The cost of maximizing tourism benefits

NC’s recommendation to lift the daily tariff has thrown up more questions than answers 

Tariff: The National Council’s proposed changes in the tourism industry have left the industry divided.

Tour operators are against any reform in the existing tariff or policy while the guides and hoteliers welcome it.

The Council’s economic affairs committee (EAC) recommended, among others, that the existing daily minimum tariff of USD 250 and 200 a day a tourist for the peak and lean seasons be lifted.

The EAC recommended the government to retain the royalty of USD 65 a day a tourist and lift the tariff to ensure all stakeholders maximize tourism opportunities and minimize revenue leakages.

EAC’s chairperson and Chukha’s councilor, Pema Tenzin said that the government reviews the Council’s recommendations for its practicality and provides a follow up report on its status.

The players

The tourism industry is governed by the “high value, low impact” policy. All tariff-paying tourists have to route through tour operators. They design the itinerary for tourists, chose hotels and assign a guide and transportation. Tourists who opt to stay in their preferred choice of hotels have to bear the surcharge. Of about 1,700 tour operators, only about 400 are operational. The top 10 tour operators bring in about 30 percent of the total international tourists.

There are about 133 hotels across the country with the highest located in Thimphu, Paro and Punakha. The occupancy rate is about 30 to 35 percent on an average for hotels in the western region, about 17 percent in central and seven percent in the eastern region.

There are about 2,500 licensed guides of which a majority are cultural guides. They are paid about Nu 500 to Nu 1,500 a day during peak season while in the lean season they get about Nu 500 to 1,000.

Today, small vehicles hired for tourists are paid Nu 18 to 21 a km while coaster busses categorized as medium vehicles get about Nu 30 to 35.

Issues 

The prominent issues confronting the industry today are hotel occupancy, equal spread of tourism benefits, seasonality and the alleged undercutting practices. The sector has been grappling with these issues for more than four decades.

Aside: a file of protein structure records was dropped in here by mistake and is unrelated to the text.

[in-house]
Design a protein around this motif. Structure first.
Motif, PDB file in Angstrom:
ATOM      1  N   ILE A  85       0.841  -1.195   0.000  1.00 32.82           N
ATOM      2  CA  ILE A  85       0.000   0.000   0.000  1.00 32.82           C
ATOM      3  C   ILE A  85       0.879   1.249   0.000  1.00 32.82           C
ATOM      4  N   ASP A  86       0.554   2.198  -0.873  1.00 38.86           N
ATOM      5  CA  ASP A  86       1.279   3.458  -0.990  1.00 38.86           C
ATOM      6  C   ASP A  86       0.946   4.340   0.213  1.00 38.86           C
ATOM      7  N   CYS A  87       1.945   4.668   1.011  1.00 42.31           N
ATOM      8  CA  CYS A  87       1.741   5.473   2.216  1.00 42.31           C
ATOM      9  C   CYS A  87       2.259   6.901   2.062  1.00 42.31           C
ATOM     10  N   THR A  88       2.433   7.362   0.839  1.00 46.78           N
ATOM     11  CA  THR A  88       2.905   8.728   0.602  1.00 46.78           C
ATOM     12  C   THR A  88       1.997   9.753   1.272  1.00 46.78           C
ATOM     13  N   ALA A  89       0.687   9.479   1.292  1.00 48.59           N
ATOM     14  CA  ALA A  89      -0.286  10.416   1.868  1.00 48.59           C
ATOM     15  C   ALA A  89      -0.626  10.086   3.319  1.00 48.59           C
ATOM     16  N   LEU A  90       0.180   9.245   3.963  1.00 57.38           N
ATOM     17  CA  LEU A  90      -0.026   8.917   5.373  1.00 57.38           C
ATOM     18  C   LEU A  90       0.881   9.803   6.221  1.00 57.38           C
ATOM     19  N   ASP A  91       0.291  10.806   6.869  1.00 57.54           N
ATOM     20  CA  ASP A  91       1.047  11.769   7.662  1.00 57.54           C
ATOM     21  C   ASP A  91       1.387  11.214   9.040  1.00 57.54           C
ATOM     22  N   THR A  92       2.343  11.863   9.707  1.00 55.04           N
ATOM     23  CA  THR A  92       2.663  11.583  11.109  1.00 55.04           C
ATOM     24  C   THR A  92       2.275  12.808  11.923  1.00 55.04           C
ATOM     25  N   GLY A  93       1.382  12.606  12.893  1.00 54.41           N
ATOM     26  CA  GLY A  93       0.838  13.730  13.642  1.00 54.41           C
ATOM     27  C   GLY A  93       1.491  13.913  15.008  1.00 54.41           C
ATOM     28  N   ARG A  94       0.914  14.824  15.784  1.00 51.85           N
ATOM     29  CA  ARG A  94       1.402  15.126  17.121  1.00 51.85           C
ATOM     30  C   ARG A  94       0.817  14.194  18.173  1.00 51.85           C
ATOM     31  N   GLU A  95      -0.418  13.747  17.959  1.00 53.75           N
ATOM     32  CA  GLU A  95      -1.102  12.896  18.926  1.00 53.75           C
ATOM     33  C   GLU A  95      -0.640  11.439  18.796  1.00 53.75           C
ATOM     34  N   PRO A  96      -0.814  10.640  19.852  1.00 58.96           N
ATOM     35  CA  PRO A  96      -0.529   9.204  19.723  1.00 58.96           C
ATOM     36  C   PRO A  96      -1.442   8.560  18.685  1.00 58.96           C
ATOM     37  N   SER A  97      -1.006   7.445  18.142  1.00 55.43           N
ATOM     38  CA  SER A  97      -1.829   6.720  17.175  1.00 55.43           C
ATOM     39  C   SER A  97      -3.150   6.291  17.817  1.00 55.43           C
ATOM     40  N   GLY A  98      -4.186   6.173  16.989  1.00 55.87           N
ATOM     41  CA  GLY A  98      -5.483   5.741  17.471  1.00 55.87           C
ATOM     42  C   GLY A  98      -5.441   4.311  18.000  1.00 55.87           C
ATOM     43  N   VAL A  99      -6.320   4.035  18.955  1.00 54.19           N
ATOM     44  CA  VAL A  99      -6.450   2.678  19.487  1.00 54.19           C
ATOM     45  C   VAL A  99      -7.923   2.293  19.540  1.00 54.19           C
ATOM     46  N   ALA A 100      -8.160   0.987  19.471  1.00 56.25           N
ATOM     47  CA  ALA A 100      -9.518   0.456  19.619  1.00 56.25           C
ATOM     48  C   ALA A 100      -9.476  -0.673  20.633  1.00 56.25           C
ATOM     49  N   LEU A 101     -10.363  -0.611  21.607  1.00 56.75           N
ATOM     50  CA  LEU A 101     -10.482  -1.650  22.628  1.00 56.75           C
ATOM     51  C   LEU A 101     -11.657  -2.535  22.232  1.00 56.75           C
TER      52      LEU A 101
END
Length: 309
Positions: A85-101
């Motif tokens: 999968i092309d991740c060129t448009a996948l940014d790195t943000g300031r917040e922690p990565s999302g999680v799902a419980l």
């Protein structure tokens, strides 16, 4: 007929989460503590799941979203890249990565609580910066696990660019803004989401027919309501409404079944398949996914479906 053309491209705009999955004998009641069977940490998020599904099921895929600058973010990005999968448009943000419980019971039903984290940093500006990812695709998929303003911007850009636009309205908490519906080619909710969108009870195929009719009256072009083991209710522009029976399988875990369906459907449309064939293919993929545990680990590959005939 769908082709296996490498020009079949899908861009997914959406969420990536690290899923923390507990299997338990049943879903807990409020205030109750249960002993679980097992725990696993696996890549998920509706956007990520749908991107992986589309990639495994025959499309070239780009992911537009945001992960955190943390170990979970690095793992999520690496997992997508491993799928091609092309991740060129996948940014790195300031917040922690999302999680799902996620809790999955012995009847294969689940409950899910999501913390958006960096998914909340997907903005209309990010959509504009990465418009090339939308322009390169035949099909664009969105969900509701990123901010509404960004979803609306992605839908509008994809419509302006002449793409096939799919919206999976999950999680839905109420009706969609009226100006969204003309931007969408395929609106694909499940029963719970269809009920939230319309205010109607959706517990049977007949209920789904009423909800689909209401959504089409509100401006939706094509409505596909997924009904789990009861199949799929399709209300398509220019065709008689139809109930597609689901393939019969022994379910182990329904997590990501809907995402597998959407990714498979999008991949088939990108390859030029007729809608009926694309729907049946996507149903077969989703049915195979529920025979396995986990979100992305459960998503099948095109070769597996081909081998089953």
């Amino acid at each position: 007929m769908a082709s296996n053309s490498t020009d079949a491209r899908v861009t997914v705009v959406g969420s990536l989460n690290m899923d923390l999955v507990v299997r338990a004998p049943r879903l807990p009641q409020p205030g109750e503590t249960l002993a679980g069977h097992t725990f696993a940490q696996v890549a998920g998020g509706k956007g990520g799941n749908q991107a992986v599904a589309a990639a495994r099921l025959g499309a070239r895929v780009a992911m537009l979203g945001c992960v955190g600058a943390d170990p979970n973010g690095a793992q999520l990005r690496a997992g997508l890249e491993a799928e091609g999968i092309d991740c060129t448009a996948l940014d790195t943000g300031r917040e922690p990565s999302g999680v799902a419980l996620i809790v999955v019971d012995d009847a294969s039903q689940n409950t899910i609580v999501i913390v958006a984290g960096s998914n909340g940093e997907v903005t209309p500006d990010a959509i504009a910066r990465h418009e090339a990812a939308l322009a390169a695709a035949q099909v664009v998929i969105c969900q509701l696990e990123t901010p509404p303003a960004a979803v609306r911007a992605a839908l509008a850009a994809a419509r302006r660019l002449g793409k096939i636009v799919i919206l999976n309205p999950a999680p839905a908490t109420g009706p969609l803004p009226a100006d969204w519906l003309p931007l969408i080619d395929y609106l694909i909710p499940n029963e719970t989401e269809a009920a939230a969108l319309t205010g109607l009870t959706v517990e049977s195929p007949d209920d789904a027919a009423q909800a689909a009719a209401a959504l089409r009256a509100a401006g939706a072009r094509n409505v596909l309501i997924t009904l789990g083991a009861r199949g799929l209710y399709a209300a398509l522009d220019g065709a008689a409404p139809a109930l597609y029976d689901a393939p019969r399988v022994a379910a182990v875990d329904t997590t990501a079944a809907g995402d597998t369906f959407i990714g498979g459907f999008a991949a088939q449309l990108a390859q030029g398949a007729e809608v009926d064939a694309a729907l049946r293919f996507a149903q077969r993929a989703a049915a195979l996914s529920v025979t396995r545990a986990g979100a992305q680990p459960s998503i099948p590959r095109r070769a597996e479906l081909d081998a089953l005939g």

Questions are also raised on how effective the Tourism Council of Bhutan’s (TCB) and tour operators marketing strategies are. Lack of innovation among tour operators is another issue. A majority of tour operators still sell the same tour packages and every year cultural tourists top the list of arrivals while less than 10 percent visit for adventure tour. Other products such as Buddhism, wellness and spa or biking, community based tourism and retreat are yet to pick up.

Unregulated regional tourist arrivals, which is increasing is seen as a threat to the country’s brand as a niche destination. Until a couple of years ago, regional tourists were not part of the tourism statistics but now the numbers are used as a yardstick for achieving targets.

Hoteliers’ and guides’ stand

Hoteliers and most guides laud the Council’s recommendation on doing away with the fixed tariff. The proposed change, they said would tackle the regional spread of tourism benefits and the seasonality issue. They said in the current system, tour operators decide where guests stay, what they do, eat or visit. The profit from tourism is not distributed within the industry, as tour operators want the lowest price for transportation, hotel, and guides.

Reasoning that hoteliers make the most investment in the industry and create the highest employment, they said its time tour operators promote Bhutan as a niche market instead of undercutting. They said the current system worked only in the past when there were fewer hotels, guides and tour operators.

Three-star hoteliers said they sell a room for about Nu 1,500 to 2,000 a night after offering 30 to 40 percent discount and removing all facilities in a bid to save costs.

“Although there is a huge scope, most hotels are unable to break even,” a hotelier and tour operator in Paro said.

In the current system, hoteliers and guides said that if they don’t have good relations with tour operators, they don’t get business. “Even if a tourist chooses your hotel, the tour operator would tell them that the rooms are booked and move them to another.”

Hoteliers said that the existing system has forced guides to depend on commission and take guests to the shops and hotels, depending on who provides them the highest commission besides demanding free food and lodge from hotels where tour operators keep their guests.

Guides Association of Bhutan’s (GAB) chairman Garab Dorji said the whole issue boils down to undercutting, which he said is rampant. “After offering a huge discount to overseas agents, the discount is pushed onto hotels and guides,” he said. “Hotels and guides don’t have a choice but to accept it as its better to have some guests than none.”

“The proposed changes will level the field for all where everyone gets equal chance,” Garab Dorji said.

It is alleged that most tour operators especially the bigger players sell tour packages for USD 130 to 170 a day.

Hotels and Restaurants Association of Bhutan’s (HRAB) president Thinley Palden Dorji said there is no denying that there is a problem.

“There is an issue with the way the industry is structured,” he said, calling for reform for the long-term health of the industry. “What makes the situation worse is that many hotels don’t receive their payment on time.”

Tour Operators’ take

Tour operators contend that not all undercut. They insist that any reform in the policy would affect the industry and Bhutan as a destination. Their argument is mainly based on “why fix something that is not broken” and that any change would mean, “killing the golden goose.”

Tour operators argue that if changes come through, it would mean undercutting is legalized. The increase in tourists, they said would promote mass tourism considering the tourist population ratio.

“The carrying capacity in terms of services and infrastructure need to be studied well,” a tour operator said, adding that any reform would add pressure on the limited resources.